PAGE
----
Salvēte, omnēs! This is the third in a basic Latin series for Wikiversity. If you would like to catch up, you can find a directory of lessons, a classified vocabulary list, and Memrise courses at the links on the right.
New grammar this lesson: the accusative case. In Latin, nouns functioning as a direct object are put in the accusative case. Nouns are listed in vocabulary lists with nominative and genitive singular (aqua, aquae (f.) or aqua, -ae = water). To use water as a direct object, the accusative ending will need to be swapped in for the nominative or subject case. We do not notice this with neuter nouns like mālum, -ī = apple, because they are the same in the nominative and accusative. But nouns classified as masculine or feminine will have different endings if they are used as a direct object. This lesson also we will be working on verb conjugations in singular only. And for fun, we introduce some common Latin names to give our sentences some personality.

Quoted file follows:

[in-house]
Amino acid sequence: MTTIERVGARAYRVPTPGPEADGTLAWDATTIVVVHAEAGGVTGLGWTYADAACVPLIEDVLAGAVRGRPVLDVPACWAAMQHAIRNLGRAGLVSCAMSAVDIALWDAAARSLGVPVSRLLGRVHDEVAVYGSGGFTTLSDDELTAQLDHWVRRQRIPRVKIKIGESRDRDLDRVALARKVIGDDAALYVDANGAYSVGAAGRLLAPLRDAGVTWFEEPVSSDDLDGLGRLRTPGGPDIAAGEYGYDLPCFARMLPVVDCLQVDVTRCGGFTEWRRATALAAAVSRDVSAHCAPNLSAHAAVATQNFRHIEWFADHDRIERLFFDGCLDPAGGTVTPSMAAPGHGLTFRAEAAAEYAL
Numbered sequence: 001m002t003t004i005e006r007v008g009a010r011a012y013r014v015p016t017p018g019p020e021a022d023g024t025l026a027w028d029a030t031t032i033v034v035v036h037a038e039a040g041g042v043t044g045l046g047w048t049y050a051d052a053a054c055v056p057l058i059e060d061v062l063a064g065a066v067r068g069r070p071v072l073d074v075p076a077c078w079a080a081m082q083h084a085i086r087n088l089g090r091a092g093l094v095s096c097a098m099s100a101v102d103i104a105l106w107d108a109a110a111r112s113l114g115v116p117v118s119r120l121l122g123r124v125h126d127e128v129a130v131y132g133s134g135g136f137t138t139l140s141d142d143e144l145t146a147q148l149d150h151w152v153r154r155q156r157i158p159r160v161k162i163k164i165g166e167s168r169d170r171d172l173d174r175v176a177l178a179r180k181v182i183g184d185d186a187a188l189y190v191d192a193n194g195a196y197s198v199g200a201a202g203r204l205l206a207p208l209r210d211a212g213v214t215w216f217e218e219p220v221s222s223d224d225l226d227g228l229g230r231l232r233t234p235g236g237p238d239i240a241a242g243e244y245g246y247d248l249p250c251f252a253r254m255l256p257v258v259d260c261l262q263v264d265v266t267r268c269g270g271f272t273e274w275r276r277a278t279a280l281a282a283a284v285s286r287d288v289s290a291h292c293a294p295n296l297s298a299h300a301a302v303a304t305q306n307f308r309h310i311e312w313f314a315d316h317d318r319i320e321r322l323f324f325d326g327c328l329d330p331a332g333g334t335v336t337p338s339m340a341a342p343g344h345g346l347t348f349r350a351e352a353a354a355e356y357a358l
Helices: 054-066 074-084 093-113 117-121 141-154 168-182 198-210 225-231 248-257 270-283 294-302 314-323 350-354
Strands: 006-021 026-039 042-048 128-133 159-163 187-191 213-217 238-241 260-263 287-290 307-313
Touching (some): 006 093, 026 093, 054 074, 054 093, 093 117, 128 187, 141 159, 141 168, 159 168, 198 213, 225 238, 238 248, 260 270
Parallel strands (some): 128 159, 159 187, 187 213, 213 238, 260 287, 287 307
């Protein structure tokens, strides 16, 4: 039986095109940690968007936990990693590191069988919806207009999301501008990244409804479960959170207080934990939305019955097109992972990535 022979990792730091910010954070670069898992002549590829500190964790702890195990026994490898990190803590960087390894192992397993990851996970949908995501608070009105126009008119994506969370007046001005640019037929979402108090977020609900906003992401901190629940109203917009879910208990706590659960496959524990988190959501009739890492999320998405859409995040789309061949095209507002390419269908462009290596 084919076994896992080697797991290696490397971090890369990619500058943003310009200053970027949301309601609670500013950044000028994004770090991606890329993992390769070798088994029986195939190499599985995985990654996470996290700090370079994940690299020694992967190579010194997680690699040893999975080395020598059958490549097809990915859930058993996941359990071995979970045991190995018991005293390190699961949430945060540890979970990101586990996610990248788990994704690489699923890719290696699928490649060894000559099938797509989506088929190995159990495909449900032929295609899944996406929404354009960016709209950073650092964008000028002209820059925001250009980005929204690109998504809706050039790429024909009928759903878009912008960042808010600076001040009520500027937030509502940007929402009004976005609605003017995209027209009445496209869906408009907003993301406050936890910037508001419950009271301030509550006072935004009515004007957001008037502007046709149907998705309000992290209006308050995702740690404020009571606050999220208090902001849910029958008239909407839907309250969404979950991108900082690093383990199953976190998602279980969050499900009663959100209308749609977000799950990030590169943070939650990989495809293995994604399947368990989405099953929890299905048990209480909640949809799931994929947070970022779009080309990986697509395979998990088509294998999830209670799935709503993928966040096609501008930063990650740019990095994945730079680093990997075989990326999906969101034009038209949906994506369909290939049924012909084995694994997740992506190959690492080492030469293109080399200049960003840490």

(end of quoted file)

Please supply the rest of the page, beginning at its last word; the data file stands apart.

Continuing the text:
This is a 3rd declension noun; note that the genitive singular ending is a marker for which declension a noun belongs to, and each declension has its own set of endings and gender rules which will be learned in a later lesson. You will need to learn the accusative singular = panem for this lesson.